Tuesday, February 26, 2008

Understanding Kepler's work

When King Frederick died in 1588, Tycho lost his most understanding and indulgent patron. Frederick’s son Christian IV was less interested in astronomy than his father had been, and, to Christian, Tycho was an unreasonably demanding protégé, who repeatedly sought more money. At last, the astronomer left Denmark and ultimately settled in Prague in 1599 as Imperial Mathematician of the Holy Roman Empire. In the Czech city, he was joined by a persistent younger German astronomer, Johannes Kepler (1571–1630), who, after writing several flattering letters to Tycho, became his student and disciple.

Tycho Brahe, a colorful character, who lost part of his nose in a duel (he replaced it with a golden prosthesis), died ingloriously in 1601, apparently from a burst bladder after drinking too much at a dinner party. After a bit of a struggle, Kepler got a hold of the mass of complex observational data Tycho had accumulated. While Tycho had been a brilliant observer, he was not a particularly good theoretician. Kepler, a sickly child, had grown into a frail adult with the mind of a brilliant theorist—though with very little aptitude for close observation, since he also suffered from poor eyesight. Indeed, Tycho and Kepler were the original odd couple, who argued incessantly; yet their skills were perfectly complementary.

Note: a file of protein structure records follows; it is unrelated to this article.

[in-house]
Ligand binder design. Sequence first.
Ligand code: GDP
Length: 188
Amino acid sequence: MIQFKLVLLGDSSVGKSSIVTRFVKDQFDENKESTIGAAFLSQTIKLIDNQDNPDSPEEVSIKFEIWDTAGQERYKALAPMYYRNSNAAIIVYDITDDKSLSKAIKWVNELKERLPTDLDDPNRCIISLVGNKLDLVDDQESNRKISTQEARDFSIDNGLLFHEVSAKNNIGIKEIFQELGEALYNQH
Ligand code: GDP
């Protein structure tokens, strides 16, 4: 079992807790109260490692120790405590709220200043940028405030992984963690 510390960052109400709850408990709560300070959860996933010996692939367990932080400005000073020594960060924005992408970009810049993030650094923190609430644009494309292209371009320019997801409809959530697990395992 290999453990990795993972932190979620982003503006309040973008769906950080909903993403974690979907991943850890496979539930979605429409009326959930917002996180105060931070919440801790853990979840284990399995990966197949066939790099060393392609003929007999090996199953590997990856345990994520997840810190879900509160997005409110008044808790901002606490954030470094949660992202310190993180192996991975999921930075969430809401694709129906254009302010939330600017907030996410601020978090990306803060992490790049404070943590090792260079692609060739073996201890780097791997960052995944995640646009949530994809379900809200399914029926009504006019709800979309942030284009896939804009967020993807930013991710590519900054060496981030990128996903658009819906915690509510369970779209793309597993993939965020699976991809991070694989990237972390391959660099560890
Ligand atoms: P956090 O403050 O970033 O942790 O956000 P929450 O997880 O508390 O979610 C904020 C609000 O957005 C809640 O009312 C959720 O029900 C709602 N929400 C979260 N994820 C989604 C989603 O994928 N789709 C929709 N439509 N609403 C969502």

And when Tycho died, instead of using his instruments to make new observations, Kepler dived into Tycho’s data, seeking in its precise observations of planetary positions a unifying principle that would explain the motions of the planets without resorting to epicycles. It was clear, especially with Tycho’s data, that the Copernican system of planets moving around the sun in perfectly circular orbits was not going to be sufficient. Kepler sought the missing piece of information that would harmonize the heliostatic solar system of Copernicus with the mountain of data that was Tycho’s planetary observations.

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